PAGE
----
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Living Will vs Lasting Power of Attorney

Our People - Chryso Loizides
19 June, 2023

When it comes to making important decisions about healthcare and personal matters, individuals have legal tools at their disposal to ensure their wishes are honoured. Two commonly used instruments are the Living Will and the Lasting Power of Attorney. Although both serve similar purposes, they differ in significant ways. This article aims to shed light on the distinctions between these two legal documents, providing clarity on their respective roles and functions.

What is a Living Will?

A Living Will, also known as an advance decision or healthcare directive, is a legally binding document that outlines an individual’s preferences regarding medical treatments and end-of-life care.

It will ensure that a person’s wishes for medical intervention or non-intervention are respected when they are no longer able to communicate or make decisions due to incapacitation.

A living will cannot include details of how your estate should be distributed on death. It typically covers decisions related to life-sustaining treatments, resuscitation, palliative care, organ donation, and the administration of pain medication. A Living Will must be prepared and signed while the person is of sound mind and capable of making decisions. It becomes effective when the individual is unable to make medical decisions themselves.

What is a Lasting Power of Attorney (LPA)?

A Lasting Power of Attorney (LPA) is a legal document that grants another person (known as an attorney) the authority to make decisions on behalf of the individual (known as the donor) in matters relating to health and welfare or property and financial affairs. An LPA ensures that a trusted person can make decisions in the best interests of the individual if they become mentally or physically incapable of doing so themselves.

There are two types of LPA: Health and Welfare LPA, which covers decisions about medical treatment, care, and living arrangements, and Property and Financial Affairs LPA, which covers financial matters. An LPA must be executed while the donor is mentally capable. It requires registration with the appropriate legal authorities before it can be used.

What are the Key Differences between a Living Will and an LPA?

1. Decision-Making Authority

A Living Will allows you to express your specific wishes regarding medical treatments and end-of-life care. It serves as a guide for healthcare professionals when you are unable to communicate or make decisions. A living will cannot nominate someone to make decisions on your behalf.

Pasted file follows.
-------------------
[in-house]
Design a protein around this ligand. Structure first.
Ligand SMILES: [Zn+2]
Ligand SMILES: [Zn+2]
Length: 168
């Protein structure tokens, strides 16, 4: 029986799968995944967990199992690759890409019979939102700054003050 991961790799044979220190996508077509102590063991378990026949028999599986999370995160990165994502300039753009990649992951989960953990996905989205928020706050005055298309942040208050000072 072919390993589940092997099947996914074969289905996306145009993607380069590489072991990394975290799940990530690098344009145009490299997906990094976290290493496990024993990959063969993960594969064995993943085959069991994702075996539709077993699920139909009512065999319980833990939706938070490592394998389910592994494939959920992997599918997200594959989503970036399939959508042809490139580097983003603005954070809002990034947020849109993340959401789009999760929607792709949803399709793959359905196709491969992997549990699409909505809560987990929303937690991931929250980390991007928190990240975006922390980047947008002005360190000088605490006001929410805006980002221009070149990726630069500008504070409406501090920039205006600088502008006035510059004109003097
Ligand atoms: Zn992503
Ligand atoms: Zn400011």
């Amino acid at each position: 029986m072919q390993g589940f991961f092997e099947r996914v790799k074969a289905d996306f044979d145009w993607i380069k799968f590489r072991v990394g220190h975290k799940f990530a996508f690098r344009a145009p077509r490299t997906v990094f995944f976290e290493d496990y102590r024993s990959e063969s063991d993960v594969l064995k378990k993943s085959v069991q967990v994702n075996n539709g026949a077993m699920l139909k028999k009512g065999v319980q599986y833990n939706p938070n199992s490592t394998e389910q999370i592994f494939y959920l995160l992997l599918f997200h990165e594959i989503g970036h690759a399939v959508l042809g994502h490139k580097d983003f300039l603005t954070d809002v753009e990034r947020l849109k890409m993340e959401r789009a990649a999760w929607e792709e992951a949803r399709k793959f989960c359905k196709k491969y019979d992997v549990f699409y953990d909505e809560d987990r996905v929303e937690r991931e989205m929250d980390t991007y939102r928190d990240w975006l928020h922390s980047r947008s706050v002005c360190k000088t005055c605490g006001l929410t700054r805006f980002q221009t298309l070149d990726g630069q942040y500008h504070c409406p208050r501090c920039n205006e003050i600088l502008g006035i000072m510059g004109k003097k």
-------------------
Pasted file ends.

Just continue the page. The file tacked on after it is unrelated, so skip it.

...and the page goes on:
A Lasting Power of Attorney grants decision-making authority to a chosen attorney who can make decisions on your behalf. The attorney has the legal power to act in your best interests, considering both your expressed preferences and the current circumstances.

2. Timing

Living Wills and a Health and Welfare LPAs become effective only when you are unable to make decisions or communicate your wishes due to incapacitation.

3. Flexibility

A Living Will provides specific instructions for medical treatments and end-of-life care. It allows you to outline your preferences and ensures that they are followed. However, it may not cover all possible scenarios or adapt to changing circumstances.

An LPA offers greater flexibility. Your chosen attorney can make decisions based on your best interests, taking into account your expressed preferences as well as the current circumstances. This flexibility allows the attorney to adapt to unforeseen situations and make decisions beyond what is specifically outlined in a Living Will.

Do I need a Living Will or a Lasting Power of Attorney?

In practice, it is rare to have both a health and welfare LPA and a living will. This is because the document most recently created (or registered) will take precedence over the previous document in so far as it covers decisions regarding your medical and life-sustaining treatment.

When choosing a Living Will or an LPA, it is important to consider that a living will only applies to the circumstances and types of medical treatment that you include in the document.

Therefore, if you suffer from a condition or find yourself in a situation not specifically covered in your living will, your treating doctor will be responsible for making the relevant decisions on your behalf. If any part of your living will is open to interpretation, which occurs very frequently as it is difficult to cover every eventuality, the living will may be unenforceable.

Conversely, an LPA allows you to include what medical treatment you want in specific circumstances, and in addition grants decision-making authority to a trusted person (the attorney) to make decisions on your behalf in the event unforeseen circumstances arise which are not covered in the document. An LPA also allows you to advance decisions in regards to other areas of your welfare which you may wish to decide upon, such as where you live, what you wear and your general welfare needs.

It is advisable to consult with legal professionals who specialise in estate planning and capacity law to understand the legal requirements and implications of each document. They can guide you in determining the most suitable approach based on your circumstances and help you prepare these important documents according to your preferences.

For more information about creating with a Living Will or a Lasting Powers of Attorney, please contact our Wills Solicitors or Power of Attorney Solicitors for a free consultation on 020 8492 2290 or email us at sols@gnlaw.co.uk.

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